Rolling – Work looking at multiple roll passes, in all plots found an average of 50-60% increase in BG germination from rolling twice compared to once. Three passes had little benefit over two passes.

Soil Moisture – In the spring, leading up to drilling we found lowest soil moisture in the shallow cultivated plots. Both the ploughed land and subsoiled land remained noticeably wetter in early spring. Cover crop density prevented airflow to the soil surface, combined with a lack of transpiration during the February period meant the cover crop plots held back drilling the most.

Cover crops – With a high CEC and organic matter content of 6%, the field itself is not lacking in fertility. Having the field in as spring cropping has allowed us to follow ‘best practice’ and trial different green cover mixtures (commercial and home-saved) to see their soil conditioning effects. Commercial mixes of egyptian & persian clover, niger, lupin, common vetch, buckwheat and sunflower generally established poorly when drilled in clay soils in September, with the exception of deep-till raddish, bristle oat, peas and phacelia. The farm commercially grows winter oats and spring beans so we trialled the green cover effects of these two species mixed with a low common vetch seed rate for EFA compliance.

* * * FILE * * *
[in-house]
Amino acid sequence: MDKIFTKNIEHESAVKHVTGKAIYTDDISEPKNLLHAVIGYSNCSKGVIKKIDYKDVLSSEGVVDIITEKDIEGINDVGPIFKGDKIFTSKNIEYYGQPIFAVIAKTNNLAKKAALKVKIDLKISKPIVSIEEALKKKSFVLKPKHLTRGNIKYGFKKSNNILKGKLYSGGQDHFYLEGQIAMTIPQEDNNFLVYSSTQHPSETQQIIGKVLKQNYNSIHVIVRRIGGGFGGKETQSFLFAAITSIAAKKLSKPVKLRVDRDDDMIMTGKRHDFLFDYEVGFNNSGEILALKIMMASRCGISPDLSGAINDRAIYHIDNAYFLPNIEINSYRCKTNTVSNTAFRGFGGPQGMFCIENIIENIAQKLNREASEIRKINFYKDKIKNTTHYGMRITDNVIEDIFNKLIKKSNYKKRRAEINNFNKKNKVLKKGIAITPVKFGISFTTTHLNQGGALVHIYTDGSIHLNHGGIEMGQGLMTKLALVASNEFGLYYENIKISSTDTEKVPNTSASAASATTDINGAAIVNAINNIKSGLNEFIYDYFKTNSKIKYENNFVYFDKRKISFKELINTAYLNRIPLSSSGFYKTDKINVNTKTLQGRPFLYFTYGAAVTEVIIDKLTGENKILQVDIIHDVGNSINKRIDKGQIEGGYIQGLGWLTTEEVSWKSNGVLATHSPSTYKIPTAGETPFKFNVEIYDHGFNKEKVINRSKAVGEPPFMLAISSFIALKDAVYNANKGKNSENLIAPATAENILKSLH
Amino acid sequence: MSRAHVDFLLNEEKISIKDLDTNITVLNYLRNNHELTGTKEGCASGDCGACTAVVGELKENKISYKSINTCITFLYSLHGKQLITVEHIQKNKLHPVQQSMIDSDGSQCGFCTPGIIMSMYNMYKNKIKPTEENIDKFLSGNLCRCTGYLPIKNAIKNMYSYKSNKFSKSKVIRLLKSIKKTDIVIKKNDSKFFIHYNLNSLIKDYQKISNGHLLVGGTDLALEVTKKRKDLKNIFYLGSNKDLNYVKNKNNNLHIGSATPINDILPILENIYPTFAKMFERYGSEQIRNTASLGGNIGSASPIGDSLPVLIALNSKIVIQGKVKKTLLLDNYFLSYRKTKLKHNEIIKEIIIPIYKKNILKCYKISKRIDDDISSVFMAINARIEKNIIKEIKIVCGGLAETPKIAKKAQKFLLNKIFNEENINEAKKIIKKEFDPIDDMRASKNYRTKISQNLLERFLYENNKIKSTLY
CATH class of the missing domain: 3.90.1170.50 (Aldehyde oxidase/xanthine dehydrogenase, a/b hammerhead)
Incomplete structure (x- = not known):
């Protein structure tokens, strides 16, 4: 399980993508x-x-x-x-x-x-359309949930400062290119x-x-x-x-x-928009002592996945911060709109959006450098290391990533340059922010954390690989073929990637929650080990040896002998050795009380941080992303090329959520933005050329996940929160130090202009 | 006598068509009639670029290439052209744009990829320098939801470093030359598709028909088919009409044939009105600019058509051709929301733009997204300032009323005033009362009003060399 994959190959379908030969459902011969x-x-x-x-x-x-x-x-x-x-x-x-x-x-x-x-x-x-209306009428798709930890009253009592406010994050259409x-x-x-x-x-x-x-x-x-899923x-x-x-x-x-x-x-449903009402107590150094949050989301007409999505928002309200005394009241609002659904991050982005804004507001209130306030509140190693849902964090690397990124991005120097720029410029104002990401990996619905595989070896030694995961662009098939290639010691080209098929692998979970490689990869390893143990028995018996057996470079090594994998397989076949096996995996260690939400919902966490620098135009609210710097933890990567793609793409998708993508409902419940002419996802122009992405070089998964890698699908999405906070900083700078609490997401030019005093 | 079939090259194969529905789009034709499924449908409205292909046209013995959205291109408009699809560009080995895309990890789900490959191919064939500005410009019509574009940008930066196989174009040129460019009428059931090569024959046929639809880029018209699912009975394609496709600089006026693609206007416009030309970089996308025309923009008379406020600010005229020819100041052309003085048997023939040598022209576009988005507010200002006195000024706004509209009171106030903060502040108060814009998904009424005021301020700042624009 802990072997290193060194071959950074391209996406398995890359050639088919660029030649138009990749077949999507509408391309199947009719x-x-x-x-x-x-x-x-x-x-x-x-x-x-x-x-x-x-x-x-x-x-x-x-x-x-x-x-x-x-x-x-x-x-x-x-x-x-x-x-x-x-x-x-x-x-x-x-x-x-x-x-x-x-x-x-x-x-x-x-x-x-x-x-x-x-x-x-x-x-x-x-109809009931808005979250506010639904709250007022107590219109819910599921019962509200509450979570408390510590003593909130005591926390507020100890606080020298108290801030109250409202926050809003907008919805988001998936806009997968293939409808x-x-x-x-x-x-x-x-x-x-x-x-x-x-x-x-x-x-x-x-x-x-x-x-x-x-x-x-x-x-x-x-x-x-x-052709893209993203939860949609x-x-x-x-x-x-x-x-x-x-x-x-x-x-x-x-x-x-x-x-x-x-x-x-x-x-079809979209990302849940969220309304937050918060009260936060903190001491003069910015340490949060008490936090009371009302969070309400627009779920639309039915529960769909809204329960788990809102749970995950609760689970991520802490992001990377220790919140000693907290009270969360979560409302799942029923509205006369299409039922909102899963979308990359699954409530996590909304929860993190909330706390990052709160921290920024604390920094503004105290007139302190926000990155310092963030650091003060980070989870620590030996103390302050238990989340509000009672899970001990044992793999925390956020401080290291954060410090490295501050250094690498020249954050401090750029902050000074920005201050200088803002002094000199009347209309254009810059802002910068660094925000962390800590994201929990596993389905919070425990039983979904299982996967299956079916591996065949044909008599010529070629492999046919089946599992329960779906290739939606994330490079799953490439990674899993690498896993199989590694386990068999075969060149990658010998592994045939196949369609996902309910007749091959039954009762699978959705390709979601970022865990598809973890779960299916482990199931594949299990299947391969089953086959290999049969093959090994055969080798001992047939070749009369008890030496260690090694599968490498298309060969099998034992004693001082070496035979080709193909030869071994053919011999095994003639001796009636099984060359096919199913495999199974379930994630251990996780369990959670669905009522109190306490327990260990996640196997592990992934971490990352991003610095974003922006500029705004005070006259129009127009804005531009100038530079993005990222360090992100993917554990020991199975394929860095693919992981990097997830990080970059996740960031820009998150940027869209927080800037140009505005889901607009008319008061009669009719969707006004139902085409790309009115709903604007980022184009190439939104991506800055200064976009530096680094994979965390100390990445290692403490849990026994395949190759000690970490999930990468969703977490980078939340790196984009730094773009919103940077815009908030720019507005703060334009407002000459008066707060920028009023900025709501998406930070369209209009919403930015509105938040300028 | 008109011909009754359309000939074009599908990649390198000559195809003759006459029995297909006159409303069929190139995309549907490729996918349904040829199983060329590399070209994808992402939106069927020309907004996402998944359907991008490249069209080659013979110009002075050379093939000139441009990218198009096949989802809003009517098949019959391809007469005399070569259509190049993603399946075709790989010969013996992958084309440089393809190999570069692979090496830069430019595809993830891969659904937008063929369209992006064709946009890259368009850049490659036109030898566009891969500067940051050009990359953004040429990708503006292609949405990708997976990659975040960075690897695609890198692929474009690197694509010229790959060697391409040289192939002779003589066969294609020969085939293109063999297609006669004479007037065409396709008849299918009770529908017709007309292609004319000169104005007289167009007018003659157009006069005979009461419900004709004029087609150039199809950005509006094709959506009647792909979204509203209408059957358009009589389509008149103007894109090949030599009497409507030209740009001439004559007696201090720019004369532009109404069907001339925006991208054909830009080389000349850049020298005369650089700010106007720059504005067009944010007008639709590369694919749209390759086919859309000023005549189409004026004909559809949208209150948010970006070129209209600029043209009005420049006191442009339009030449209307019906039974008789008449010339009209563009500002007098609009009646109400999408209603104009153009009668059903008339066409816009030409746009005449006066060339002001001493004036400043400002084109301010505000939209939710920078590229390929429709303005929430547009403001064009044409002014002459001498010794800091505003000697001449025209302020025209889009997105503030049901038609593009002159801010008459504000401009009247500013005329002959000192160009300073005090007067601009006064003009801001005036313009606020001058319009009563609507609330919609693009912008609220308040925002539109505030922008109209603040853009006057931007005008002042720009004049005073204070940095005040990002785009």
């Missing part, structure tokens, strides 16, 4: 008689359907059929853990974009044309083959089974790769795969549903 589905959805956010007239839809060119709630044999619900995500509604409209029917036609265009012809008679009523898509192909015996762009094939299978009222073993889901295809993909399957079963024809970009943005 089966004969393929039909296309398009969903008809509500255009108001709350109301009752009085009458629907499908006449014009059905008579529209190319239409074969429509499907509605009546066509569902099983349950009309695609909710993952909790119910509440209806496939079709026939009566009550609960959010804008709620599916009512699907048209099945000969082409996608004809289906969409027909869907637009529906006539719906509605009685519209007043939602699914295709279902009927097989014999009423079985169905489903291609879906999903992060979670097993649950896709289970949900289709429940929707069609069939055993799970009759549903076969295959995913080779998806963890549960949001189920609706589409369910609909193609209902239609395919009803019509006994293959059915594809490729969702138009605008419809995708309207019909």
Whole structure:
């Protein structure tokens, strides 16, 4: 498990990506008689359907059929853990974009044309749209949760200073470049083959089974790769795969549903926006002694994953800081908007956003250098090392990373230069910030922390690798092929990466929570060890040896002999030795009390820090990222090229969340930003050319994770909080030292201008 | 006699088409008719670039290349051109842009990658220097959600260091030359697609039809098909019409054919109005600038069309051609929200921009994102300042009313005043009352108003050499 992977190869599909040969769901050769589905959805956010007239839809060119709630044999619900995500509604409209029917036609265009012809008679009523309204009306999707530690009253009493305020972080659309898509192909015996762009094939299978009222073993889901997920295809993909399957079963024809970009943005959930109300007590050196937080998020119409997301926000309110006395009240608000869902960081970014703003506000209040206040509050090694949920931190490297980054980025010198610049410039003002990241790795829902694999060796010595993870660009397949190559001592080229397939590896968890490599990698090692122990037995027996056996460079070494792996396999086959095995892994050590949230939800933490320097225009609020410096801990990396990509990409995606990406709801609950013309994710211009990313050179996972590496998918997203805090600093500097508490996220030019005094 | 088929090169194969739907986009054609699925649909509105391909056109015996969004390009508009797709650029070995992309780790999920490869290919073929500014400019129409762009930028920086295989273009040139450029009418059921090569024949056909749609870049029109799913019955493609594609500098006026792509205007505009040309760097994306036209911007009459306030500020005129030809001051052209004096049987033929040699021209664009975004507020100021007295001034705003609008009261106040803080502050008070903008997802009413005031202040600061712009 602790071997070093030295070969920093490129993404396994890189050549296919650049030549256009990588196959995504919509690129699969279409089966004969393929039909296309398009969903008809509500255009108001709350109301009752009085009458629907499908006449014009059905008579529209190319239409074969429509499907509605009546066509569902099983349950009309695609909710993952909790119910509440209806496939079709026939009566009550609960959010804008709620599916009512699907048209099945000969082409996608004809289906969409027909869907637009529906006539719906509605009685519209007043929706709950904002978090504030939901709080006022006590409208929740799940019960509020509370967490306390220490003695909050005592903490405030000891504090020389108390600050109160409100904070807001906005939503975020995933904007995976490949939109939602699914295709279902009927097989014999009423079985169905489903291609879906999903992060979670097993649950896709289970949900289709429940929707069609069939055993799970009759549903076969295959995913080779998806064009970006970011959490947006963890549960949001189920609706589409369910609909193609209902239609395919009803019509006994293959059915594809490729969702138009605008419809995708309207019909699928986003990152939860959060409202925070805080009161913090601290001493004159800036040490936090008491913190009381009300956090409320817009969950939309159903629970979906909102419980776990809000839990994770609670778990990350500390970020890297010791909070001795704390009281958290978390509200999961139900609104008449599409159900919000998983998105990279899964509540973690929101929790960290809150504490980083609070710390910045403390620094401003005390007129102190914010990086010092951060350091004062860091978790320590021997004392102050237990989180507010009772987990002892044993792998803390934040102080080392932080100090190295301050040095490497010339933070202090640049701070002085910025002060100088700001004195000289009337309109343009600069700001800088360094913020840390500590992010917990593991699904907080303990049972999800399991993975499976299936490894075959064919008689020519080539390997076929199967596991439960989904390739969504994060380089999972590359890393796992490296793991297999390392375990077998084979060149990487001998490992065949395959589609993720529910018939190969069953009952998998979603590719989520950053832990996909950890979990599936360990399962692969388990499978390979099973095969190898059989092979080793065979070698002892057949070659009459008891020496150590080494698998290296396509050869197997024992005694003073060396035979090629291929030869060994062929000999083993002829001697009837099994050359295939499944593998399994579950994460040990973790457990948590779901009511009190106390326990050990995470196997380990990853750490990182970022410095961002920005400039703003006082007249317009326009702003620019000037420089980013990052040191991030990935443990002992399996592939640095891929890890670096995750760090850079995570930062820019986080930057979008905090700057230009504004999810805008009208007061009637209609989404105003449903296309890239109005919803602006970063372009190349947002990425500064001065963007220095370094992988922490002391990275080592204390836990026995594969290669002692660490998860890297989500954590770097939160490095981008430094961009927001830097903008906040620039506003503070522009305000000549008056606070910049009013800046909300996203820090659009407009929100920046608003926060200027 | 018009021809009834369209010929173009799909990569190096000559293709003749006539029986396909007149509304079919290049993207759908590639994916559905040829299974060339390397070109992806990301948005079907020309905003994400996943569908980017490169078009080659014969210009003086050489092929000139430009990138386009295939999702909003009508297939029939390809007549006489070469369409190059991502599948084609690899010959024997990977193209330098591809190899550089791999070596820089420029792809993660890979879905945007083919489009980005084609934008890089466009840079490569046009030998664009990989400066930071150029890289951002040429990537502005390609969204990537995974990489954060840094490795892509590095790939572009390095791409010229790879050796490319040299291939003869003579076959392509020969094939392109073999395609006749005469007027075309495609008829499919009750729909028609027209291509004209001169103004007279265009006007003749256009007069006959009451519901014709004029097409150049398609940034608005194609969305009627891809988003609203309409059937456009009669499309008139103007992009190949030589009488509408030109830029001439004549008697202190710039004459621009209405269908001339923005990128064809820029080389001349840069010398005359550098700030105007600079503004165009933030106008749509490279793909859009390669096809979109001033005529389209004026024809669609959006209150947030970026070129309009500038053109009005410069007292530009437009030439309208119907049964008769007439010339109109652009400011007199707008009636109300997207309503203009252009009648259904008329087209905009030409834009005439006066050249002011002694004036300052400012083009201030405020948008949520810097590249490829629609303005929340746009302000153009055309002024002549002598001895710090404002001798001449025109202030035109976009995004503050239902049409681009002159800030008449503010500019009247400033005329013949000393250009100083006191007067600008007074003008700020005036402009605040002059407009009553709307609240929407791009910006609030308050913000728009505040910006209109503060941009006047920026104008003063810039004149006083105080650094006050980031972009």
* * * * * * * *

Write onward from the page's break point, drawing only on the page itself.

In this late drilled clay soil, a large mix of foreign species has not been the best option. Winter oats have worked well, although a prostrate growth pattern from a spring oat would benefit soil drying in the spring. Beans have also nodulated well with the mild winter experienced, but are rotation specific. My current thoughts for next season are to trial a spring oat, phacelia and raddish mix at a low enough rate to allow sufficient airflow to the soil surface.

Destruction timings – The largest drilling issues have been in areas of higher soil moisture and matting of root skeletons, causing soil binding and open channels. Drier soils with loose topsoil aggregates filled in coulter channels. Spraying off on the 11th and 26th of February enabled sufficient soil drying, whereas leaving until 11th March, in this case was too late for drilling on 08/04/16.

Spring drilling - Which direct drill make should growers buy?? From looking at various setups of direct drills for heavy soils, my preference is favored towards disc coulter type drills which cause less topsoil heave and more consistent seed depth placement. The issues we’ve faced at Millthorpe trial site is applying enough pressure both on the coulter for seed depth and the press setup in order to close up the channel. There are drills available where pressure placement settings between coulter and press wheels can be adjusted. To overcome the open slots we have crossed rolled the field twice which has done a good job. More open coulter slots were left in the dense cover cropped areas where root binding and higher soil moisture prevented any loose soil from filling in the channels. Seed rates of 350, 450 and 550 seeds/m2 have been sown in both the spring wheat and barley. We can assume 350 is too low, however should act as an interesting visual for growers visiting the site.